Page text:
Computational Media Blends New Media & Computing

Creative Students Gain Computing Skills

In a unique joint effort, the College of Computing and the School of Literature, Communication and Culture in the Ivan Allen College have created a new degree designed to attract undergraduates with an interest in both the computational and creative side of new media, such as film, web, television, and games. The new Bachelor of Science in Computational Media, approved by the Board of Regents in June, is designed to provide solid computing and programming skills with a strong understanding of new media design. The program combines hands-on and theoretical knowledge of computing with an understanding of visual design and the history of media.

"Interactive media is to the 21st century as film was to the 20th century. Innovation in technology and design is making the computer into a medium of communication that is reshaping print, television, film, games, and even live performances. The Computational Media degree will prepare students to lead these changes rather than merely following them," said Janet Murray, professor and director of graduate programs in digital media in the School of Literature Communication and Culture (LCC).

"By taking many of the core computer science courses required for the Computer Science degree, Computational Media students will gain a strong foundation in computing principles, software design and manipulation of digital media such as graphics and sound," said Blair MacIntyre, assistant professor, College of Computing. "The courses in LCC will provide these students with an understanding of visual and interactive design, digital art and media theory and history."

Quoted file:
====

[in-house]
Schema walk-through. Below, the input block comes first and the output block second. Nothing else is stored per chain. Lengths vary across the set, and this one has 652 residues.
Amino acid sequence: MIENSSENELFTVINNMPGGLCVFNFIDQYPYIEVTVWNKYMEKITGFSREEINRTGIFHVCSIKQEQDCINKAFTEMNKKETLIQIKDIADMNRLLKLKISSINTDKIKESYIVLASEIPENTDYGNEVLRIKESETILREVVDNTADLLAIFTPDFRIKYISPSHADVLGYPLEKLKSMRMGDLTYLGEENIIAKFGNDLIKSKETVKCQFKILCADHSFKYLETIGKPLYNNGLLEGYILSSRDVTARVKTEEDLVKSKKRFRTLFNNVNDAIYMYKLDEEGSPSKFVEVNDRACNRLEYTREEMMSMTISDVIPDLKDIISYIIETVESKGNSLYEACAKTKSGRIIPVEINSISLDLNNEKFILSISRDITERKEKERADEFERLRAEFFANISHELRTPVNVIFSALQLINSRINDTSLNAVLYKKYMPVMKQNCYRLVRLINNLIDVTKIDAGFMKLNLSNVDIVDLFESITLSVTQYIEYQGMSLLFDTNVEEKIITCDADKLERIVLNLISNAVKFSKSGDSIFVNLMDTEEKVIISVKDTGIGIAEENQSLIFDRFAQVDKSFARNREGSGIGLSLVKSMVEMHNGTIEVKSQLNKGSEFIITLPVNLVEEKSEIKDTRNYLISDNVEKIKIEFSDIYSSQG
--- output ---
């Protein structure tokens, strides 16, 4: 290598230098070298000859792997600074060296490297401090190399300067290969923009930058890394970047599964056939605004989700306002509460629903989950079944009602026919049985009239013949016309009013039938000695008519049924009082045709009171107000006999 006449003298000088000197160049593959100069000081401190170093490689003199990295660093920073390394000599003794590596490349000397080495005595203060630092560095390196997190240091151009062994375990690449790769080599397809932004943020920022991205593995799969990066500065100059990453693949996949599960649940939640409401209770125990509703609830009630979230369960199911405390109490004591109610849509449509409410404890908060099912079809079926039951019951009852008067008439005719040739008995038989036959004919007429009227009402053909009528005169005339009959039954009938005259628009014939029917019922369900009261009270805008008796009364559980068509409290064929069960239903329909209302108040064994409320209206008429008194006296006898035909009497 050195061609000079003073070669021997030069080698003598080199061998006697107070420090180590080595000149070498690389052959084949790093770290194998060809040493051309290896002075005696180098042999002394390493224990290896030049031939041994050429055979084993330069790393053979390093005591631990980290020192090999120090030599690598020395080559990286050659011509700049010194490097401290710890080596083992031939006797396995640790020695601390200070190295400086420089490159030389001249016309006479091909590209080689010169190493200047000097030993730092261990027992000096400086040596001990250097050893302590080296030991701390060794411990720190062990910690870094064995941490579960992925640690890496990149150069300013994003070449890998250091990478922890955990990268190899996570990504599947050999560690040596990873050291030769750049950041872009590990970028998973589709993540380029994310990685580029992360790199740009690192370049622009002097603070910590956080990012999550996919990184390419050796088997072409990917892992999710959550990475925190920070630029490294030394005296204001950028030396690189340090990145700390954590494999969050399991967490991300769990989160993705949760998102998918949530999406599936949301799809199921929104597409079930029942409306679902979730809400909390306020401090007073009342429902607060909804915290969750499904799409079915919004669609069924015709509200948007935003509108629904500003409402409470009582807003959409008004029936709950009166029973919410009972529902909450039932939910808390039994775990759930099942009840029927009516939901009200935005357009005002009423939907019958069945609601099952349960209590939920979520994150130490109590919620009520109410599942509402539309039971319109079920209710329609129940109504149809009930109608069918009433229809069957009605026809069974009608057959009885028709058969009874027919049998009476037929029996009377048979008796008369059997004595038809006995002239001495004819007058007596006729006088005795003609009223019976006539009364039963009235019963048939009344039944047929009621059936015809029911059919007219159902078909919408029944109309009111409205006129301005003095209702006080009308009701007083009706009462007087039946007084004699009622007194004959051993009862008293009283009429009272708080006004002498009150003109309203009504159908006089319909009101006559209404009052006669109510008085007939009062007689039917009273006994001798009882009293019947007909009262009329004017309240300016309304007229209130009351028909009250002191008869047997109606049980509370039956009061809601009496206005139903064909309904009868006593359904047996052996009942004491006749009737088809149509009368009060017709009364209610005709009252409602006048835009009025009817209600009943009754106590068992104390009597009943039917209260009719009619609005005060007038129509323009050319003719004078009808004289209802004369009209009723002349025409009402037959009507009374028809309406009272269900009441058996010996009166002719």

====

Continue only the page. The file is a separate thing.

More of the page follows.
Students majoring in computational media will be jointly enrolled in the College of Computing and LCC. Both schools have added some new courses for this new degree, but the bulk of the required courses for the degree are already on the curriculum. The required courses in each school ensure that students will have competence in computational principles, digital media, software design, visual and interactive design, information design, digital arts, and media theory and history.

Specialty areas combine courses from both schools and can be designed to meet the student's needs. Example specialization areas include animation and digital special effects, games and entertainment, interactive systems, and culturally-informed program design.

"When I heard about this new degree program, I loved the way it sounded because it perfectly fit my personality, my interests and everything I'm looking to do in a job," said Cooper Welch, a sophomore who recently changed his major from Computer Science to Computational Media. "I enjoy computer programming, but I don't want programming to be the focus of my career. I am more visually-design oriented -- I like to draw and do things with Photoshop and graphics design."